Yin Sequence for Low-Back Pain

A staggering 60-80% of Americans suffer from low back pain, and it is the second most common reason for doctors visits.  And- low back pain is the single leading cause of disability worldwide. Too much sitting, not enough moving. Begin in a comfortable seated position, closing the eyes and moving inward.  Spend five minutes preparing for your practice- whether that be through pranayama, meditation, or any method that helps you begin to focus. Transition into Butterfly pose by bringing the soles of your feet together so that your legs form a diamond shape.  Remember that the placement of your feet will affect the level of intensity of the pose in different areas.  The emphasis here is on the spine- allow it to round forward, making as much space as possible.  Find your edge and stay for four minutes. If you have a sensitive back or are prone to back pain, make your way from Butterfly to laying flat on your back, and remain there for a minute or two.  The mild backbend will prep you for our next pose.  Otherwise, next prepare for Saddle pose.  I always find myself remembering that Yin lowers your blood pressure -and thus can make you cold- in the middle of this pose, so put on socks or any other clothing that will make you comfortable and make sure any necessary props are nearby.  Another tip for those of you with sensitive backs; Saddle can be broken down into a two-sided pose (do each side separately) which has a milder sensation.  However you choose to take it, spend about three to four minutes in saddle. Saddle makes a lovely transition to Child’s pose, but take as much time in between the two as you need.  We’ll only stay and recover in Child’s for two minutes.  Remember to focus on your breath.  Do you notice any new sensations in your back? Next, we’ll move into Sphinx pose. This is a simple one, but remember to keep the glute muscles relaxed and the arms below the shoulders.  If there is any tingling in the fingers, hands, or arm try repositioning yourself as you may just be resting on a nerve.  If adjusting doesn’t help, back out of the pose.  Otherwise, remain for five minutes.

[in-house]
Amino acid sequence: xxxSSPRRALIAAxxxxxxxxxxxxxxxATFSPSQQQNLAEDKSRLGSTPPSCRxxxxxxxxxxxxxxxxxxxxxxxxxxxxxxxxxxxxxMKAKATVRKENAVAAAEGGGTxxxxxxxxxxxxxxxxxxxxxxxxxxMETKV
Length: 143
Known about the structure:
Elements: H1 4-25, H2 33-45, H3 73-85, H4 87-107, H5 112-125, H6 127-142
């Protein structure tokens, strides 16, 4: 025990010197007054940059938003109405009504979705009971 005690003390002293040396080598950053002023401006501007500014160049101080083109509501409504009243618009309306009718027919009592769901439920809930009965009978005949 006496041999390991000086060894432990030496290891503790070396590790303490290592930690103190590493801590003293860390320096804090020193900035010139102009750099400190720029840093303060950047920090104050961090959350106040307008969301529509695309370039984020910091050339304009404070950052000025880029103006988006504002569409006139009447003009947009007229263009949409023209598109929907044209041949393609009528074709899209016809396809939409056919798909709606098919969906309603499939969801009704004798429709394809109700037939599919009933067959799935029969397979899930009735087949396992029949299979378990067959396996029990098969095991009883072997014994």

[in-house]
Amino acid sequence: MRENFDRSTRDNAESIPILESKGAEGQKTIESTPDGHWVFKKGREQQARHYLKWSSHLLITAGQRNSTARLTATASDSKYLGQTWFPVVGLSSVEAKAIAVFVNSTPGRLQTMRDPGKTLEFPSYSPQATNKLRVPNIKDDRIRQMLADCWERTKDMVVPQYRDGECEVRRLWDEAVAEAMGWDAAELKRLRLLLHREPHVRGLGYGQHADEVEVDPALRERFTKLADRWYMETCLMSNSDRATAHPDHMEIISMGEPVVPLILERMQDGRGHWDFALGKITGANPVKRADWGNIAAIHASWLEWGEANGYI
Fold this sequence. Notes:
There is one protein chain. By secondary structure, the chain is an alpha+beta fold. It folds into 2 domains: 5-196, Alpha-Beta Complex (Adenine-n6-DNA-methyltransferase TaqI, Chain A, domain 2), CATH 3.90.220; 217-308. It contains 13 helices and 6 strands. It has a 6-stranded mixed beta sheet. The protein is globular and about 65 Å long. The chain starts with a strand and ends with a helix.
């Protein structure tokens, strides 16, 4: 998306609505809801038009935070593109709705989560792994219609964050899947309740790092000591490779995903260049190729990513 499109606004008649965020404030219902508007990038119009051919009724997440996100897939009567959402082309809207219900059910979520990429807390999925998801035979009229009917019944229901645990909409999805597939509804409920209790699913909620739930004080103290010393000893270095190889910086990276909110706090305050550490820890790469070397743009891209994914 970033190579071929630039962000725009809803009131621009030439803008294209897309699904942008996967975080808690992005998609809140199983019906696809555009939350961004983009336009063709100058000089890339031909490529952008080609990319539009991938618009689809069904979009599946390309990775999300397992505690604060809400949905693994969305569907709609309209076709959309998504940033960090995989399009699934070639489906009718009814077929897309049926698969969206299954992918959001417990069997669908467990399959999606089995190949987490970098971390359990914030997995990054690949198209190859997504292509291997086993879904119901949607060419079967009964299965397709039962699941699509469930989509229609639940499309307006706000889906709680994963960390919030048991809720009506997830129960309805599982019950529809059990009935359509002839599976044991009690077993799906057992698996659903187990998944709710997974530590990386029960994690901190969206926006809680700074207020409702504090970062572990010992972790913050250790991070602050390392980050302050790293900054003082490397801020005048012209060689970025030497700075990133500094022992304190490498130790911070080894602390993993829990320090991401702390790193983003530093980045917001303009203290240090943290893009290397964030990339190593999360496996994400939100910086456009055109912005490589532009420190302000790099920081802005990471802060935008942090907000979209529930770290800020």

bridgeFor the next pose, you’ll need a block.  Come into Bridge pose (if you’ve never done Bridge with a teacher present, skip this pose) and the place the block directly under your sacrum.  How open or flexible you are will determine which direction the block lays- the taller the block is, the more intense. Enjoy this pose for three minutes. Spend another two to three minutes in Child’s pose, finishing out with a 10 minute shavasana. photo credit: www.athleta.com

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